Ecstasy, or MDMA, is a synthetic drug combining properties of hallucinogens like LSD and stimulants such as amphetamines. It’s known for producing increased energy, pleasure, and empathy, along with mild sensory effects like emotional openness and closeness. However, ecstasy use can lead to unpleasant or dangerous side effects, and long-term heavy use may cause cognitive issues, including learning and memory problems. Classified as a Schedule I substance, indicating a high potential for misuse and no accepted medical use, ecstasy is commonly taken in pill, tablet, or capsule form, but can also be found as a liquid or powder. Often associated with “club drugs” used in dance parties and raves, it’s also popular at house parties and social gatherings for its effects on energy, endurance, sociability, and sexual arousal. Ecstasy primarily works by increasing the activity of neurotransmitters like serotonin, dopamine, and norepinephrine in the brain.
Long and Short Term Effects of MDMA
The short-term and long-term effects of using Molly, or MDMA, are varied and significant. In the short term, physical effects include blurred vision, nausea, muscle cramps, appetite loss, hyperactivity, and teeth grinding, leading to dental issues. MDMA increases body temperature and, in crowded environments, can cause hyperthermia and dehydration, potentially leading to seizures. Long-term use is linked to cardiovascular problems like irregular heartbeat, high blood pressure, and increased risk of stroke or heart attack, as well as liver and kidney damage. Mood swings are common due to the massive neurotransmitter release followed by depletion, resulting in euphoria while on the drug and depression, hopelessness, and apathy afterward. This cycle can also lead to anxiety, poor judgment, impulsivity, reduced sex drive, and aggression. Chronic MDMA use may cause lasting changes in the brain affecting attention, memory, and problem-solving. While research is mixed on physical dependence, tolerance does develop, and withdrawal symptoms are primarily psychological, such as fatigue and depression. Finally, prolonged use of Molly can lead to the development of a substance use disorder.
MDMA and Trauma Treatment
Psychedelic therapies, particularly MDMA-assisted therapy, are on the cusp of transforming psychiatric treatments, especially for those suffering from post-traumatic stress disorder (PTSD). There is growing anticipation for the FDA’s potential approval of MDMA-assisted therapy for PTSD, a step for psychedelic drugs in mainstream medicine. This treatment shows promise for patients with complex, treatment-resistant disorders, notably those grappling with both PTSD and substance use disorder (SUD). In this therapeutic approach, MDMA plays a important role by mitigating fear responses associated with traumatic memories, thereby facilitating more effective processing of these memories. This expected approval by the FDA represents a significant milestone, as it could be the first psychedelic treatment approved for mental health disorders, offering new hope for patients dealing with the challenging combination of PTSD and SUD.
MDMA-assisted psychotherapy involves the use of MDMA in conjunction with psychotherapy sessions, primarily for treating post-traumatic stress disorder (PTSD), including its complex form. This approach has shown promise in improving treatment effectiveness, with a Phase II clinical trial in 2017 leading the FDA to designate it as a “breakthrough therapy” for PTSD. Currently, research is exploring its use for other mental health disorders, including Major Depressive Disorder, social anxiety in autistic individuals, alcohol use disorder, and mood disturbances in people with life-threatening illnesses. However, this research is controversial, partly due to the harmful effects associated with recreational MDMA use.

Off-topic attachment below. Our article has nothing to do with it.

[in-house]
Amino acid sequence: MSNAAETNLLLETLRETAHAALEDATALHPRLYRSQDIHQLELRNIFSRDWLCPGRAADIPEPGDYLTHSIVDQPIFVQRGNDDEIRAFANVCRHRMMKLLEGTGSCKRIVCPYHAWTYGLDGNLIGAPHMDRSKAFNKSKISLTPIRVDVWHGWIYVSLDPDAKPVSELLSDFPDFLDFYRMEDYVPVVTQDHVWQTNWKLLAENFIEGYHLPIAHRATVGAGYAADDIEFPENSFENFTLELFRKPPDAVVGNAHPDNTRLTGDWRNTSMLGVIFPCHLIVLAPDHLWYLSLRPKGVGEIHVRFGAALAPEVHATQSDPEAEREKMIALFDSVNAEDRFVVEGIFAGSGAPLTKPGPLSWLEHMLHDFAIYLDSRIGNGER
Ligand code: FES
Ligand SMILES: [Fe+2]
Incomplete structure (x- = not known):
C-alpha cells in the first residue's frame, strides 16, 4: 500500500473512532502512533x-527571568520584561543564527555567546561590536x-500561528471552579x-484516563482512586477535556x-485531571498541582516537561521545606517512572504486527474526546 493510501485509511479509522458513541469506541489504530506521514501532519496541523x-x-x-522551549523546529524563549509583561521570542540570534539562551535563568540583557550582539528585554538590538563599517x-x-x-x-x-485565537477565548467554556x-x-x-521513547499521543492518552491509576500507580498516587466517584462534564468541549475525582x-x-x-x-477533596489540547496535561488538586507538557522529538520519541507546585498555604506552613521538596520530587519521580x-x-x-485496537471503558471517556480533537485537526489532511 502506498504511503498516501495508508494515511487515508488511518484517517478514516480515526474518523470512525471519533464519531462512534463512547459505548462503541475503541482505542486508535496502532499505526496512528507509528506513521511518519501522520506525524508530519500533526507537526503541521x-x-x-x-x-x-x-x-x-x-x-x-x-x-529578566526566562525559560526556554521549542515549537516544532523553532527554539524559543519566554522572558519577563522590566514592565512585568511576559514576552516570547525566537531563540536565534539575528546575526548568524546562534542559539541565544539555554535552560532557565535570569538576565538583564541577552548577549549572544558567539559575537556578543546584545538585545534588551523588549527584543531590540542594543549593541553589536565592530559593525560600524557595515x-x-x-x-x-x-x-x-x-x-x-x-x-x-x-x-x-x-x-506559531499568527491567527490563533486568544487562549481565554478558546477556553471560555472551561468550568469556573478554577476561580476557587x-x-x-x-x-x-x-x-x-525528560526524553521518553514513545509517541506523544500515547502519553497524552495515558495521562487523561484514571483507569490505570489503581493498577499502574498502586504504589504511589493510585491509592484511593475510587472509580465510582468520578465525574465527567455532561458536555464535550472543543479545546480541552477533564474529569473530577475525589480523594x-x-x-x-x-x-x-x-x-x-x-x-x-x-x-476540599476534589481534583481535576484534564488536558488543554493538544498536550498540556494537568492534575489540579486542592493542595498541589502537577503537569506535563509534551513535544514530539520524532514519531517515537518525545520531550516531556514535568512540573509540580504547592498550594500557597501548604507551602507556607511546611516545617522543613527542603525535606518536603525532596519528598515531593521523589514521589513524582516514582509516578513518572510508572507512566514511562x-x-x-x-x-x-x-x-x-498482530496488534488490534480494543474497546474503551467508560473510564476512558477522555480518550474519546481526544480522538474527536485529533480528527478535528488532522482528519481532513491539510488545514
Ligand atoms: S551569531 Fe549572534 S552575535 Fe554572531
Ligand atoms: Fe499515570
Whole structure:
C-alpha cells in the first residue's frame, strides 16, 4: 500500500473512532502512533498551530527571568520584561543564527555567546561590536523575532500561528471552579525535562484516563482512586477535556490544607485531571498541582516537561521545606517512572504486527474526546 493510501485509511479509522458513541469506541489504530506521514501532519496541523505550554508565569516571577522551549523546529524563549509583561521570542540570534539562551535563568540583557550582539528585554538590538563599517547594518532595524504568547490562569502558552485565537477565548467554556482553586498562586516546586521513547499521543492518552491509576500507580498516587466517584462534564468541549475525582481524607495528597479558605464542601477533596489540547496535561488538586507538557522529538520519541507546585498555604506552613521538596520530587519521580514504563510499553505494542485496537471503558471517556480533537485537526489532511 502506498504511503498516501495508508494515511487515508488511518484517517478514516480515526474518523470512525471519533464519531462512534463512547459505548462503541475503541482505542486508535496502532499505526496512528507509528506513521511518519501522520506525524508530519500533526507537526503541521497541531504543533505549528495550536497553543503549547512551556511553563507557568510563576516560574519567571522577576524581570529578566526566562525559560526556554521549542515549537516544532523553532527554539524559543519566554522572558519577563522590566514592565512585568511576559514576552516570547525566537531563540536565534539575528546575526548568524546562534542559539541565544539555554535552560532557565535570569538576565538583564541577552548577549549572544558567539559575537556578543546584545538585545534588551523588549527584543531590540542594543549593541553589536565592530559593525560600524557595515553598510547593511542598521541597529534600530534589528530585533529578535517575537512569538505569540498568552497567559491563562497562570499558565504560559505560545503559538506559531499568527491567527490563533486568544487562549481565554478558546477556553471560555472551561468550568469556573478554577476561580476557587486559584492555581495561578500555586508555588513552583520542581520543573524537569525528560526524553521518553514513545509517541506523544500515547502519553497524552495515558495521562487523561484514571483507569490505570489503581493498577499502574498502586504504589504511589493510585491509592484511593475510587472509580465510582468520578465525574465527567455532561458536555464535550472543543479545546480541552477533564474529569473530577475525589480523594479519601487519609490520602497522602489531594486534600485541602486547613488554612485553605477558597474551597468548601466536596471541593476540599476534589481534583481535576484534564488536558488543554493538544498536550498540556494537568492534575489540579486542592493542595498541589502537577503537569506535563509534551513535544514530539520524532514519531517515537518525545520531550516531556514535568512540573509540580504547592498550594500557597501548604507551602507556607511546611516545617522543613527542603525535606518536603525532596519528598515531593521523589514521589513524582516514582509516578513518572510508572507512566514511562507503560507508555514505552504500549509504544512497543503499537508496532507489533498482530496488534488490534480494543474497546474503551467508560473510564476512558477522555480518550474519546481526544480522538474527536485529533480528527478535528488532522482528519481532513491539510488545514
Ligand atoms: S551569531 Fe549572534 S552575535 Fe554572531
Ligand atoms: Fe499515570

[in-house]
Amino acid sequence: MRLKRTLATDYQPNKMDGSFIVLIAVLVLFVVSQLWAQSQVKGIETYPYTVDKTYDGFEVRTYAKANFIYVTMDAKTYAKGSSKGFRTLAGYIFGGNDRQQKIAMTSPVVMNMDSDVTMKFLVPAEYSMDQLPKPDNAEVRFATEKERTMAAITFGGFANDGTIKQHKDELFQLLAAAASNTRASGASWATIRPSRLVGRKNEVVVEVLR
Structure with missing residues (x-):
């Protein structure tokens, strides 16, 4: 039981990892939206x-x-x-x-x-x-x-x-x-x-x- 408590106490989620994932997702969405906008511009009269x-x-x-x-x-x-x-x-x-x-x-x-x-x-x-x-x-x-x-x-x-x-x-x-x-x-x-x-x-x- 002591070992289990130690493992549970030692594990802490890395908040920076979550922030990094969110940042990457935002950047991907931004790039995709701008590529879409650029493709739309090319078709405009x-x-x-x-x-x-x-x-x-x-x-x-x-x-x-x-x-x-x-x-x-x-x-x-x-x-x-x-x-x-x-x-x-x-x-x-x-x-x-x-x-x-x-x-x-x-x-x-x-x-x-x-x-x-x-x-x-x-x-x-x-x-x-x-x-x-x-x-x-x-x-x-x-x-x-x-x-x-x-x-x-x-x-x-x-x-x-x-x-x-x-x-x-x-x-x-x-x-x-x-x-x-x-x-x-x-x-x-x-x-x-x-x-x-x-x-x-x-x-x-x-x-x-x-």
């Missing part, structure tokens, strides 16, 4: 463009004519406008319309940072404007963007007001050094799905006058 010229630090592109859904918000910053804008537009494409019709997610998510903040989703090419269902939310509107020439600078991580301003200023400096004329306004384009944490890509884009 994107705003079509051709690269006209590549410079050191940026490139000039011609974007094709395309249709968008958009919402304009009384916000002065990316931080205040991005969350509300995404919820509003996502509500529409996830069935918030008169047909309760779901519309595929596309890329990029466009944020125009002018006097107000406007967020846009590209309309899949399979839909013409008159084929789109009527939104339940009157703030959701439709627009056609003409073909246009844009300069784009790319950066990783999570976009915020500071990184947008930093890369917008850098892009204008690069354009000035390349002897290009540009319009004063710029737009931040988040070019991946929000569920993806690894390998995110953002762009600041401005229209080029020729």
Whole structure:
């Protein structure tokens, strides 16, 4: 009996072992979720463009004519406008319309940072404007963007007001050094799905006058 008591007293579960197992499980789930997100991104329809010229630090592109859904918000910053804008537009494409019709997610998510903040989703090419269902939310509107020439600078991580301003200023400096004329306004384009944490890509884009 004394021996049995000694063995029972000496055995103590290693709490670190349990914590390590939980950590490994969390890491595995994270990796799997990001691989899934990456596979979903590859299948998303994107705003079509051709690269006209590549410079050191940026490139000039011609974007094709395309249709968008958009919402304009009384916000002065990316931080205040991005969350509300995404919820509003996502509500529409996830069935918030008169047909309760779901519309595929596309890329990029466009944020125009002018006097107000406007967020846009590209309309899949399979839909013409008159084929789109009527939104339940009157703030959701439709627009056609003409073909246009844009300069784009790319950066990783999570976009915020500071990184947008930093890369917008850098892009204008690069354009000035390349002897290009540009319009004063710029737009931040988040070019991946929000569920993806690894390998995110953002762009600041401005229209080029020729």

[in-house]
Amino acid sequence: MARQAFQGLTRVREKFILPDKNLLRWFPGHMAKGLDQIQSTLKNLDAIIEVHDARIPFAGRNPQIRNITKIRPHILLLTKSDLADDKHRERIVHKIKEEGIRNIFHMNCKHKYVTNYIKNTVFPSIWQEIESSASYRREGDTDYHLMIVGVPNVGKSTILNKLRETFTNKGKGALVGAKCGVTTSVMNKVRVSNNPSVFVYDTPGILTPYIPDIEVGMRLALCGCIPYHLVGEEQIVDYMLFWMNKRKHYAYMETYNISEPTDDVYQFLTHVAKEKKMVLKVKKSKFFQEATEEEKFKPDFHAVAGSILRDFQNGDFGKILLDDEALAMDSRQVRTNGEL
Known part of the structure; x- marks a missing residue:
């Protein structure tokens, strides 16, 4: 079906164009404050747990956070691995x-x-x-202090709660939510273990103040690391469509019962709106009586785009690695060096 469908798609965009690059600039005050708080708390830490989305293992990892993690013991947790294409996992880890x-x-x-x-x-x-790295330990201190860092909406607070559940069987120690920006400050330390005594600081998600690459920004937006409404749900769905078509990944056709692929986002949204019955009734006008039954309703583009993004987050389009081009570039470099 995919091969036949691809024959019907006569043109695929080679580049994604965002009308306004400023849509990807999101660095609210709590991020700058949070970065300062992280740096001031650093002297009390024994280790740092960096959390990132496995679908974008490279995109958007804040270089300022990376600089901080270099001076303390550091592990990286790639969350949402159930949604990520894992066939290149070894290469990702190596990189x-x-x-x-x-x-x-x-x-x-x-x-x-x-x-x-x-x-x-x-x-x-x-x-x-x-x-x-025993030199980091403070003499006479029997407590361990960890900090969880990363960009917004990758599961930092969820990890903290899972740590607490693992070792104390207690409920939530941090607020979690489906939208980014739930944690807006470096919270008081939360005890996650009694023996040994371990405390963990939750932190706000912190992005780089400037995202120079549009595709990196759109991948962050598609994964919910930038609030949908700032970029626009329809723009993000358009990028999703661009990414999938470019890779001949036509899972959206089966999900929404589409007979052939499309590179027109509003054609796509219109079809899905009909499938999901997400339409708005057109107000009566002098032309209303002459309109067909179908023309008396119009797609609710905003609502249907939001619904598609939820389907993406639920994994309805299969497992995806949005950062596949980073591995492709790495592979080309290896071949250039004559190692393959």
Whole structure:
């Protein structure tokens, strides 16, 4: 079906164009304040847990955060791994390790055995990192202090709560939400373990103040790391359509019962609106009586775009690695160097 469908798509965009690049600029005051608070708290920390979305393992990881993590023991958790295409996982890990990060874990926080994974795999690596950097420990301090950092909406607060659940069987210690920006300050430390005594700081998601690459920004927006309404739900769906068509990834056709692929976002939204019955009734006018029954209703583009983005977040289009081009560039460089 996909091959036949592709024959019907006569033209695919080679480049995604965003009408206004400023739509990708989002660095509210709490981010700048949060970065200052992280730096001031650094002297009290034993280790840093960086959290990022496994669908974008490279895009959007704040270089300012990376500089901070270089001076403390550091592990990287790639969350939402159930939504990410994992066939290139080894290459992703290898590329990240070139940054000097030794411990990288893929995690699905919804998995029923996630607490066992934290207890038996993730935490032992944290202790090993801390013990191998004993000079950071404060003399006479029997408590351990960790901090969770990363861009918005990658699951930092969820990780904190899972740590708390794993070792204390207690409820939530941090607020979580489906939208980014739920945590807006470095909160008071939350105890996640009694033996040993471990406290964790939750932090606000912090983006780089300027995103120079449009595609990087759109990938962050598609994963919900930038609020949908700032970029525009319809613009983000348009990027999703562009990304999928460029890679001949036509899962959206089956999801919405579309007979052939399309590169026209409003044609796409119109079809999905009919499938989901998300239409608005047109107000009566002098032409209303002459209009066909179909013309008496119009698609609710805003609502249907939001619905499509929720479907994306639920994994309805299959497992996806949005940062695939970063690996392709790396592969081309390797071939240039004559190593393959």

MDMA abuse leading to a substance use disorder is classified under ‘hallucinogen use disorder,’ sometimes referred to as ‘ecstasy use disorder.’ Despite suggestions of mild physical dependence from chronic MDMA use, withdrawal symptoms are not a criterion for hallucinogen use disorder diagnosis, as most hallucinogens do not typically result in physical dependence. Diagnosis of such a disorder requires assessment by a licensed mental health professional. Additionally, nonclinical signs and symptoms may indicate developing issues with MDMA abuse, though these are not specified in the summary.
MDMA Use With Teens
Ecstasy, often perceived as harmless due to its mood-enhancing effects, poses significant risks, especially to teens whose brains are still developing. Short-term effects in teens include anxiety, panic attacks, insomnia, dehydration, heatstroke, and high blood pressure. Long-term, it can lead to brain damage, memory and learning problems, kidney failure, and cardiovascular issues. The risks are heightened as ecstasy is commonly mixed with other drugs or alcohol, and its amphetamine base can impair the body’s temperature regulation. This is particularly dangerous in hot environments or during intense physical activity, potentially leading to heart, kidney, liver problems, and even death. Post-use effects can include depression, sleep difficulties, anxiety, and cravings.
Teens are particularly vulnerable to ecstasy addiction due to misinformation and the misconception of ecstasy as a “soft” drug. Those with anxiety, depression, or other mental health disorders, exposure to drug use in their social or family circles, or living in chaotic or dysfunctional environments are at an increased risk of addiction. This vulnerability is often exacerbated by a lack of awareness about the drug’s dangers.
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